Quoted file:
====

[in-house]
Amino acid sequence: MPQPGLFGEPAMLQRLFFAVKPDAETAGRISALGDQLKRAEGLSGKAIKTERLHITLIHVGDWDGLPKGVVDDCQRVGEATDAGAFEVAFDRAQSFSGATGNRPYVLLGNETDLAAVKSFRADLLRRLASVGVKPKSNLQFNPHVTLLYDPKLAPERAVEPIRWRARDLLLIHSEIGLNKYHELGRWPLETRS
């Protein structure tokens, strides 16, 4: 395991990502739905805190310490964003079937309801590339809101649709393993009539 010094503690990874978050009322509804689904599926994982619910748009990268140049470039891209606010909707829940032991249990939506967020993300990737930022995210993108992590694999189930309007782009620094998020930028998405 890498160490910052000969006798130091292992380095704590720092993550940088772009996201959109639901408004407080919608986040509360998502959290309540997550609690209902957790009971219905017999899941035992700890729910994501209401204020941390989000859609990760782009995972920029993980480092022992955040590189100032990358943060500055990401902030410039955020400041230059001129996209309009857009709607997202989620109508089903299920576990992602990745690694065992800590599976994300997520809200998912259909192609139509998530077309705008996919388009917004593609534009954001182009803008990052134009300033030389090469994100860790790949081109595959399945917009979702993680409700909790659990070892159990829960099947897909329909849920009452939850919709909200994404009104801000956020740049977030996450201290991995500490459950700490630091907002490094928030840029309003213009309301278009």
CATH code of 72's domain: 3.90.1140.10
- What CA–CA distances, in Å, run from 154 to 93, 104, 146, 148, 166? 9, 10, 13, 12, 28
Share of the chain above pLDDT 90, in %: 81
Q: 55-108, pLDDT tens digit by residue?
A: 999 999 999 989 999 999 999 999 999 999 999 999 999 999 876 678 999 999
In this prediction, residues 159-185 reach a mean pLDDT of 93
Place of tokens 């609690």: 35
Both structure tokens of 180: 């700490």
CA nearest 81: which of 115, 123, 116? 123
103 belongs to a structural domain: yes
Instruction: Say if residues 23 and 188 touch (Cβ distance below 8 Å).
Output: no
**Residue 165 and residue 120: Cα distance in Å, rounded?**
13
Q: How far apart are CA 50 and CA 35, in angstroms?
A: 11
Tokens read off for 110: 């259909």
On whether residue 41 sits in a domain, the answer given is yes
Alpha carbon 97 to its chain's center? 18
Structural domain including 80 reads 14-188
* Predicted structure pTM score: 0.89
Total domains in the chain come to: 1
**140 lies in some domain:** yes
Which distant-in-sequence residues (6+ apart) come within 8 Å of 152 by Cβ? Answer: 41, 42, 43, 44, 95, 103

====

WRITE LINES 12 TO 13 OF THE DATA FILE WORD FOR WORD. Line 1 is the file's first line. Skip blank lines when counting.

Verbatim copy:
CA nearest 81: which of 115, 123, 116? 123
103 belongs to a structural domain: yes